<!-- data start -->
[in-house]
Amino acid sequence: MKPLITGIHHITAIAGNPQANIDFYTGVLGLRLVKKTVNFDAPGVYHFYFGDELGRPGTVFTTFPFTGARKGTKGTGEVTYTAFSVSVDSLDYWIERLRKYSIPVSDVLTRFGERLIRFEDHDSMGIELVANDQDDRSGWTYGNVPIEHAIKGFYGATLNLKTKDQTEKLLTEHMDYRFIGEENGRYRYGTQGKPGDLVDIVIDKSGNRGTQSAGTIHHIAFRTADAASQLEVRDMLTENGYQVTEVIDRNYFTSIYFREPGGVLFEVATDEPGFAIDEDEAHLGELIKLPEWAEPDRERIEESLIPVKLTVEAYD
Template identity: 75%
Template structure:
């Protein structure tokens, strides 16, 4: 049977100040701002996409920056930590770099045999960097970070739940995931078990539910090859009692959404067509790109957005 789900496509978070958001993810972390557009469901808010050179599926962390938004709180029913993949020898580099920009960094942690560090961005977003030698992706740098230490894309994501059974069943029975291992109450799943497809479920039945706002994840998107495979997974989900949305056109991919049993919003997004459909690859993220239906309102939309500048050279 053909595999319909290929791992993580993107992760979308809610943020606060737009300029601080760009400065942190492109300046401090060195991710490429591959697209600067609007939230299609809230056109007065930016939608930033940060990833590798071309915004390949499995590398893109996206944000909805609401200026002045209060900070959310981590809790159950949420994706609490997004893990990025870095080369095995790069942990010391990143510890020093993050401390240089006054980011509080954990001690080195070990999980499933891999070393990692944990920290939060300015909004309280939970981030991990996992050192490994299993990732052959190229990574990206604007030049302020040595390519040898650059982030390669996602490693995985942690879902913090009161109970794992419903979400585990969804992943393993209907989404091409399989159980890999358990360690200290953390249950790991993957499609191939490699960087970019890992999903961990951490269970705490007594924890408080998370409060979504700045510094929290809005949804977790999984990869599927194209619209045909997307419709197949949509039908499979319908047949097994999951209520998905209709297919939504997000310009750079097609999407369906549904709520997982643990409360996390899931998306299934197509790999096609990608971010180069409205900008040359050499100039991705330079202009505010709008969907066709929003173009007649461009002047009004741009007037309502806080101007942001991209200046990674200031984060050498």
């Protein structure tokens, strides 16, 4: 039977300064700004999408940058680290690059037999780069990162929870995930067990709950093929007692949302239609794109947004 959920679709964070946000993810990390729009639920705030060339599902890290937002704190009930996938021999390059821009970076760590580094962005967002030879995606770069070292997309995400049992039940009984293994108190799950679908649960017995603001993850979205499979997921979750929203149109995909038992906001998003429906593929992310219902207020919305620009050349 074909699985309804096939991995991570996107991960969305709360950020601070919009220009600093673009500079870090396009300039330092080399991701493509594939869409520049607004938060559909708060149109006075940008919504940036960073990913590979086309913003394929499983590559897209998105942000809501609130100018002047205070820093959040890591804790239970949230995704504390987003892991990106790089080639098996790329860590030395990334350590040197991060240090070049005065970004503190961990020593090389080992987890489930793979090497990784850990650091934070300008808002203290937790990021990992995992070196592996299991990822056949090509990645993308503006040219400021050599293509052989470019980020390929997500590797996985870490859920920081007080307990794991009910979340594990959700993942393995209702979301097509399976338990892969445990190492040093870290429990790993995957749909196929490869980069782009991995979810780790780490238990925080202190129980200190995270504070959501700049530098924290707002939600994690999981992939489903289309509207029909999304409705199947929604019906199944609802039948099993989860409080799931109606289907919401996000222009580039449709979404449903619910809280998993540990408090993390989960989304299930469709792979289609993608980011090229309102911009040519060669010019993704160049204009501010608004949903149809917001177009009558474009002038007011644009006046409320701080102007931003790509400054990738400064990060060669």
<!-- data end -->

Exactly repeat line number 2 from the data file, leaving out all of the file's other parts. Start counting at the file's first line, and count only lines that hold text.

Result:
Amino acid sequence: MKPLITGIHHITAIAGNPQANIDFYTGVLGLRLVKKTVNFDAPGVYHFYFGDELGRPGTVFTTFPFTGARKGTKGTGEVTYTAFSVSVDSLDYWIERLRKYSIPVSDVLTRFGERLIRFEDHDSMGIELVANDQDDRSGWTYGNVPIEHAIKGFYGATLNLKTKDQTEKLLTEHMDYRFIGEENGRYRYGTQGKPGDLVDIVIDKSGNRGTQSAGTIHHIAFRTADAASQLEVRDMLTENGYQVTEVIDRNYFTSIYFREPGGVLFEVATDEPGFAIDEDEAHLGELIKLPEWAEPDRERIEESLIPVKLTVEAYD